From 08 June 2010 to 26 September 2010
curated by Marcella Beccaria
On the occasion of tutto è connesso, Castello di Rivoli’s third floor will be the site of an exhibition dedicated to Vito Acconci, one of the most important artists experimenting with expressive languages, from poetry to video, Body Art and, recently,architecture-art.
The artist was born in the Bronx, New York in 1940, and after an initial interest in literature and experimental poetry, in the late ‘Sixties began to focus his research on direct confrontation with the public.
His performances from the late ‘Sixties, centered on his own body, are characterized by a strong physical and psychological impact that is sometimes disturbing and focus on a more self-analytical phase and the relationship between public and performer.
Around the mid-‘Seventies his works become outright installations where the gallery or museum setting is comparable to an urban square. It is specifically beginning with these installations that Acconci shifts the concept of art from the object to an interaction between artist and visitor.
Beginning in the late ‘Eighties his work evolves with the creation of the Acconci Studio. The studio’s designs and built projects are based on a concept of space not as form, but rather as a place that can accommodate wide-ranging transformations of use and social significance, an occasion for the public’s actions and people’s activities. Starting with computer analyses and mathematical and biological models, the projects propose spaces that are fluid, interchangeable and mobile.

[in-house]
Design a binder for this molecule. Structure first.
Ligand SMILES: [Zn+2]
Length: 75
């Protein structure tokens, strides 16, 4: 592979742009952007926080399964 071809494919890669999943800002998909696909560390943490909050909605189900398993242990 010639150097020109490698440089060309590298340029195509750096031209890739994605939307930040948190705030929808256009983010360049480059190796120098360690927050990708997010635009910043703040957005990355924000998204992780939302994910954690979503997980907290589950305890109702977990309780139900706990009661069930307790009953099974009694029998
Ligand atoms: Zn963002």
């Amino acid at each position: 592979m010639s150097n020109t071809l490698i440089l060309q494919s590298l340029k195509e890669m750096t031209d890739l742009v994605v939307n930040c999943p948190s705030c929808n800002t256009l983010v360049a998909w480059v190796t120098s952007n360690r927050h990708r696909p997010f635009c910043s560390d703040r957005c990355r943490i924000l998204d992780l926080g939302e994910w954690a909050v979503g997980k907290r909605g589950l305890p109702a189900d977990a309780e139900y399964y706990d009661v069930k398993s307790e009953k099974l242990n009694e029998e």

The designs and built projects include a 2003 artificial island on the Mur River in Graz, Austria, comprising a theater, a cafe and a playground, where the café’s dome warps into a space that holds the theater. In 2006 Studio Acconci designed an elevated subway station in Coney Island, in Brooklyn, NY.
The exhibition Vito Acconci “Film=Landscape, Video=Close-Up” presents a new selection of some of the artist’s most significant film and video works, created between 1969 and 1977. Having identified his own body as the raw material for his work, Acconci utilizes film and video, creating actions that both test the limits of his chosen media and maintain intact their capacity to seduce and disturb. The exhibition documents a crucial phase in the work of this artist, who is recognized as a pioneer in numerous areas of research and artistic practice – from performance to Body Art – where his influence is still being felt.
Vito Acconci “Film=Landscape, Video=Close-Up” is part of Coinvolgimenti, a new series of works conceived to reinterpret the works in the collection within the context of the artist’s production.
Two new acquisitions have been made in conjunction with the exhibition: The Red Tapes, 1976-77 and My Word, 1973-74.